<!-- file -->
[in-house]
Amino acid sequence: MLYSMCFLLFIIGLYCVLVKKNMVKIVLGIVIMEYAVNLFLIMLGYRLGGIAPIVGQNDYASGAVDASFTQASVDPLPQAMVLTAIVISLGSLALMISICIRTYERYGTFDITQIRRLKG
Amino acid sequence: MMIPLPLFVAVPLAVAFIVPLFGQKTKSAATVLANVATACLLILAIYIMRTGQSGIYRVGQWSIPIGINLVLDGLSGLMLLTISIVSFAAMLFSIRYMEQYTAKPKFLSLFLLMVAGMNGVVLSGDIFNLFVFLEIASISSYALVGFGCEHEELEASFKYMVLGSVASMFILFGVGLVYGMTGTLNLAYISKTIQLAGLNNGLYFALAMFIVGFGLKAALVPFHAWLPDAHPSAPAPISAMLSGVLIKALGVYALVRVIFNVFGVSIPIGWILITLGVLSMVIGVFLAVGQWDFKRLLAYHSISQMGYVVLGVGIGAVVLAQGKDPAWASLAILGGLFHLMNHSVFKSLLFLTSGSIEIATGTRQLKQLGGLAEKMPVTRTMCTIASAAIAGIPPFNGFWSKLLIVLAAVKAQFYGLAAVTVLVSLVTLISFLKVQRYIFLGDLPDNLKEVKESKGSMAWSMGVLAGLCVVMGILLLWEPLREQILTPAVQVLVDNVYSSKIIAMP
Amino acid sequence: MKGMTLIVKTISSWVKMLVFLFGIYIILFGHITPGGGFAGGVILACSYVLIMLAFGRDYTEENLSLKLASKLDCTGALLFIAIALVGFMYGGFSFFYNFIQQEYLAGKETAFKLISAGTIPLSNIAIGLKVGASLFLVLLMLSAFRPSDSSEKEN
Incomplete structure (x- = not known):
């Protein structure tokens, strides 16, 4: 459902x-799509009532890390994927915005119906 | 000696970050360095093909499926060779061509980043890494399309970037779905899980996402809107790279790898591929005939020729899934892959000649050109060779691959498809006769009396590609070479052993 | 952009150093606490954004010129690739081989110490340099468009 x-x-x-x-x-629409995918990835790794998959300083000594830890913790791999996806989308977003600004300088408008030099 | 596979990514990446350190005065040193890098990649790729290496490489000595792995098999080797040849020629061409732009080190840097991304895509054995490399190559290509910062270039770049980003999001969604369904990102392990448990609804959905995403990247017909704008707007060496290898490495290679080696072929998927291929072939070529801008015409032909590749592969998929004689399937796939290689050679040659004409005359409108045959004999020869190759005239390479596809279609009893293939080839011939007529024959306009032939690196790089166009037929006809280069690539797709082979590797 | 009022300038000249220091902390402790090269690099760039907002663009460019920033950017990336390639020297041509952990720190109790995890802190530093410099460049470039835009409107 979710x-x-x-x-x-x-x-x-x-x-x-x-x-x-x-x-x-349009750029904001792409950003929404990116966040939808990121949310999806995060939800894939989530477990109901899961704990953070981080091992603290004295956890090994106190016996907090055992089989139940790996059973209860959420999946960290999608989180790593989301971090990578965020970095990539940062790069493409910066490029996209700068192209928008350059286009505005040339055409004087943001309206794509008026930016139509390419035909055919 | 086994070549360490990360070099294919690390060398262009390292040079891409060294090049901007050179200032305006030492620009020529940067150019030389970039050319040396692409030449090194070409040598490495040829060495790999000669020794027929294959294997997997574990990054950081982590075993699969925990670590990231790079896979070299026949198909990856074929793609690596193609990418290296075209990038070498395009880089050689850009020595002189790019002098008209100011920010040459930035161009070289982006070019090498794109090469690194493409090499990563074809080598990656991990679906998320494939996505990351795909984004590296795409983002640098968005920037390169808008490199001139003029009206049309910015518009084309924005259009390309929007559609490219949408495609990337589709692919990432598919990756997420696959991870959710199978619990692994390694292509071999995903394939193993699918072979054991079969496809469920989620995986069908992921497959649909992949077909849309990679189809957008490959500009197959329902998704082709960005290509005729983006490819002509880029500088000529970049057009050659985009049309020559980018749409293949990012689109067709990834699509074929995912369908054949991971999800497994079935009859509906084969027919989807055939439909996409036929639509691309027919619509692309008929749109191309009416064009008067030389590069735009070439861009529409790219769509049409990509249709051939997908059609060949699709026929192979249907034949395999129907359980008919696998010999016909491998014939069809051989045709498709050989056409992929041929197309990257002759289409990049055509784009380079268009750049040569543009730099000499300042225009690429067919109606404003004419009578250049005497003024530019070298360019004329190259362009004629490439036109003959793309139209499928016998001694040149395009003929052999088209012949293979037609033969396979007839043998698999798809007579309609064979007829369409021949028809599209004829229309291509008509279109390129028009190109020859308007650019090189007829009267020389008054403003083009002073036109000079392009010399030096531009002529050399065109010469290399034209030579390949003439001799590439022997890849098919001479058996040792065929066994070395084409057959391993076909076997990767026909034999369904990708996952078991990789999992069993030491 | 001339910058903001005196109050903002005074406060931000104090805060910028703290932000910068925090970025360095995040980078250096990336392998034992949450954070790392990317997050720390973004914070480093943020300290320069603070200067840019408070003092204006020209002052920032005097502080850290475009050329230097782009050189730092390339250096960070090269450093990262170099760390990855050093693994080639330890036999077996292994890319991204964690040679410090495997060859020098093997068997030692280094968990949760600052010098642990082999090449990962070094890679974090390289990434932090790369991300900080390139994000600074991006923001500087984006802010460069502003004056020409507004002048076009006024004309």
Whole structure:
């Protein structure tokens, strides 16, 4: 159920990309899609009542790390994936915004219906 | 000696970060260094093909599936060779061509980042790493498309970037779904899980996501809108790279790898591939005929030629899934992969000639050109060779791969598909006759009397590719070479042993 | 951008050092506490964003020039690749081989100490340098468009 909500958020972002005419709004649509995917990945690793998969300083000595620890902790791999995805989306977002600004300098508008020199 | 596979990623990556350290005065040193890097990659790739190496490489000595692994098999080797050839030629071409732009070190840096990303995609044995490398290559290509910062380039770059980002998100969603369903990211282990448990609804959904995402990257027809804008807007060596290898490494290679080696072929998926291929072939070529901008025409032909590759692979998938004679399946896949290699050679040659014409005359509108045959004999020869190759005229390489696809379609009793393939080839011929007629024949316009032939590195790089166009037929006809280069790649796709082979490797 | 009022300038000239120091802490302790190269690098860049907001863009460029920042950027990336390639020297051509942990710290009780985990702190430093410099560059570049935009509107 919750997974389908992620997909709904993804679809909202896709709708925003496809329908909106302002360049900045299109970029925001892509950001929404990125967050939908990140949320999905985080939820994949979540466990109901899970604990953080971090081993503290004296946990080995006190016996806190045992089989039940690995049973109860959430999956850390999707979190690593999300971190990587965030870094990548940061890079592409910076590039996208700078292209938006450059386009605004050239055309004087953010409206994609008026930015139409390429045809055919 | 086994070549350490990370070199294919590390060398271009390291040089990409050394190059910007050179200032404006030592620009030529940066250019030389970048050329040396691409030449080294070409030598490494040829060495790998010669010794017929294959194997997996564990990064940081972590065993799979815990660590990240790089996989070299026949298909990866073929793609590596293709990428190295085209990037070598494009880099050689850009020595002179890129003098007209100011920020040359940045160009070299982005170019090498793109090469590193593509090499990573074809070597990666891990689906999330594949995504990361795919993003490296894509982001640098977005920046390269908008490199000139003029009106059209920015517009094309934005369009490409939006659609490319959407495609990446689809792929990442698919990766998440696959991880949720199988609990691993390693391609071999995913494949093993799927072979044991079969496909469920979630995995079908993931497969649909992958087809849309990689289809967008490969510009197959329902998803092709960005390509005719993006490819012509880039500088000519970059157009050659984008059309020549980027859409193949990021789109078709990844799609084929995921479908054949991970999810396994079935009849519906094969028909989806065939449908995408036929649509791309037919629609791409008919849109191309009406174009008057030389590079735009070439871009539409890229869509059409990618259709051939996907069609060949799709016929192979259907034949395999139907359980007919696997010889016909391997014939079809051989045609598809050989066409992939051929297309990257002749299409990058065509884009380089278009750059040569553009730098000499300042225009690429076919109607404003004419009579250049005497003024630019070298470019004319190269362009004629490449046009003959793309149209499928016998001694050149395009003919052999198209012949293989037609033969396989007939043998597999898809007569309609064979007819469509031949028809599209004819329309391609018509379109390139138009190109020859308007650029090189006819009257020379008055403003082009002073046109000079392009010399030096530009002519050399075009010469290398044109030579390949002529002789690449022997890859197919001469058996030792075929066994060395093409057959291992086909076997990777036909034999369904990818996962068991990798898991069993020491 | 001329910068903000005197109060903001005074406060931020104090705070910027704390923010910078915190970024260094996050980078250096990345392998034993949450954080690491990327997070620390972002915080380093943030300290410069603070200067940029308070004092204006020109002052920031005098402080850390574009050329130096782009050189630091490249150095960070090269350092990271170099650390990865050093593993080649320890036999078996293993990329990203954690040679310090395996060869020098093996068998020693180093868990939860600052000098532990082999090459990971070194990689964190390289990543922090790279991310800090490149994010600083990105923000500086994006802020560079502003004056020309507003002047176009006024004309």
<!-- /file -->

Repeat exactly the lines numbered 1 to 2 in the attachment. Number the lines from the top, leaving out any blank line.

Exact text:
[in-house]
Amino acid sequence: MLYSMCFLLFIIGLYCVLVKKNMVKIVLGIVIMEYAVNLFLIMLGYRLGGIAPIVGQNDYASGAVDASFTQASVDPLPQAMVLTAIVISLGSLALMISICIRTYERYGTFDITQIRRLKG